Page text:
Energy Drinks – Real Energy Or Bad For Your Health?

There sure are a lot of energy drinks out there now days. I went to the store recently and counted 17 different energy drinks. And this is probably only of fraction of the total number of energy drinks on the market today.

And just the sound of the names of these energy drinks is enough to wake up the most lethargic person: Venom, Amp, Red Bull, Full Throttle, Rush, Shark, Piranha, Fuse, Hype, https://liquidhelpenergy.com/ Back Mamba, and Atomic X, just to name a few.

There also seems to be a lot of controversy these days about the health effects of energy drinks.

So, out of curiosity I recently did a little research on the ingredients contained in these energy drinks and their health effects.

Energy Drink Ingredients

The ingredients contained in the different brands of energy drinks are many. The ingredients common to most energy drinks are taurine, glucuronolactone, inositol, B vitamins, caffeine, sugar, carbonated water, natural flavors, and natural ingredients.

Taurine is a derivative of the sulfer-containing amino acid cysteine. Taurine is often found in infant milk formulas. Taurine helps carry minerals such as potassium, calcium, and magnesium throughout the cells. This helps generate nerve impulses. It is also an antioxidant and is believed to steady irregular heartbeats.

Glucuronolactone is a naturally occurring carbohydrate produced by the human metabolic system. It is believed to improve memory and concentration. It can have stimulant and anti-depressant effects.

Inositol is instrumental in how the brain uses serotonin, a chemical that is the same that is boosted by the anti-depressant drugs prozac and zoloft.

B vitamins are necessary for a variety of things. Vitamin B-3 (niacin) metabolizes energy from fat and carbohydrates and can help the body use energy by releasing it from food. Vitamin B-5 (pantothenic acid) improves mood and boosts energy. Vitamin B-6 helps in the formation of red blood cells, which provides better oxygen utilization. Vitamin B-12 also helps in the formation of red blood cells and helps break down sugar stored in the body to use as energy.

Natural ingredients found in energy drinks include ginseng extract, L-carnitine, guarana extract, milk thistle extract, green tea extract, ginkgo biloba leaf extract, L-trosine, fruit juices, and citric acid. The amount of these natural ingredients varies among energy drinks, and is usually a proprietary blend.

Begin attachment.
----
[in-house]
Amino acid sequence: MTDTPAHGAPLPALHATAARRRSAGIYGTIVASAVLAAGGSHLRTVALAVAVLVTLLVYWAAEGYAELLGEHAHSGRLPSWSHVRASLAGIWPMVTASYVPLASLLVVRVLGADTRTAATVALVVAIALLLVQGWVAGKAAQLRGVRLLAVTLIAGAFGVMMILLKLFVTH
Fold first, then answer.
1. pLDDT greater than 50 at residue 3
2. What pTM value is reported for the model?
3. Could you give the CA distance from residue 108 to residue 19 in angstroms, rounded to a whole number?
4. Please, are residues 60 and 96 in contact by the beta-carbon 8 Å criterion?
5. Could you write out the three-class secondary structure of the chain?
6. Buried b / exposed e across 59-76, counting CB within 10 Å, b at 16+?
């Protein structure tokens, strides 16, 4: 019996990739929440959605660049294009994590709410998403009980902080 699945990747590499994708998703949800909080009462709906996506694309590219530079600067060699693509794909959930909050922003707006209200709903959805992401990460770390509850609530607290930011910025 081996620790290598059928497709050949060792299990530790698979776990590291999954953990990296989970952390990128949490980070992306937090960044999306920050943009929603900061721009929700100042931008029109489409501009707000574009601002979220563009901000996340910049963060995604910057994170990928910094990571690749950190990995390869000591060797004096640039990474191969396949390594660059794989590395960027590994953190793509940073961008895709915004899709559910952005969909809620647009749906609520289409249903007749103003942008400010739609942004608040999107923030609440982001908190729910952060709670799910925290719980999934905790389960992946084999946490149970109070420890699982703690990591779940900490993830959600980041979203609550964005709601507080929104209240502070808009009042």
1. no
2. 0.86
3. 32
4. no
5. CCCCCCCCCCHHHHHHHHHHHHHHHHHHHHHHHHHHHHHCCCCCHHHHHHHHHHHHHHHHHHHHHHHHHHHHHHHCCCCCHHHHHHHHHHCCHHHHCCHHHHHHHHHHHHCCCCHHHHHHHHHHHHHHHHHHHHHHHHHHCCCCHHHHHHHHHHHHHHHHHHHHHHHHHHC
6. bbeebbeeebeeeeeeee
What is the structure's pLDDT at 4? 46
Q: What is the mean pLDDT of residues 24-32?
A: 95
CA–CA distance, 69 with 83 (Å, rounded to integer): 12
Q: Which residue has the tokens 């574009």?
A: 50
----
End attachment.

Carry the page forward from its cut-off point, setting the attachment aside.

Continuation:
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One could do a Ph.D. dissertation on the ingredients contained in energy drinks. Because of time limitations, this article focuses on the ingredients that receive the most attention regarding health effects: caffeine and sugar.

Caffeine

Caffeine is a stimulate. The chemical name for caffeine is 1,3,7-trimethylxanthine. Caffeine is found in many products (coffee, soda, chocolate, etc.) including energy drinks.

Caffeine does not provide true energy. It injects adrenaline into your system, which gives you a temporary boost but leads to a feeling of fatigue after it wears off.

Caffeine increases the body’s level of cortisol, a hormone released into the body during times of stress. Cortisol is good when needed, but can have damaging effects if high stress is continually present. Some of these damaging effects include a suppressed immune system, impaired cognitive performance, high blood pressure, and a decrease in bone density and muscle tissue. Increased levels of cortisol lead to stronger cravings for fat and carbohydrates.

Caffeine also increases the body’s level of dopamine, which acts similar to an amphetamine. As with adrenaline, it makes you feel good after it gets into your system. But, as with adrenaline, after dopamine wears off, feelings of having low energy and even mild depression take over.

As is well known, caffeine inhibits the adsorption of adenosine, which is necessary for sleep.

Caffeine does have some benefits. A small amount at the beginning of the day can give you good concentration and focus. A small amount before exercise can actually enhance physical performance and endurance. It can help the body break down fat approximately 30% more efficiently if taken before exercise.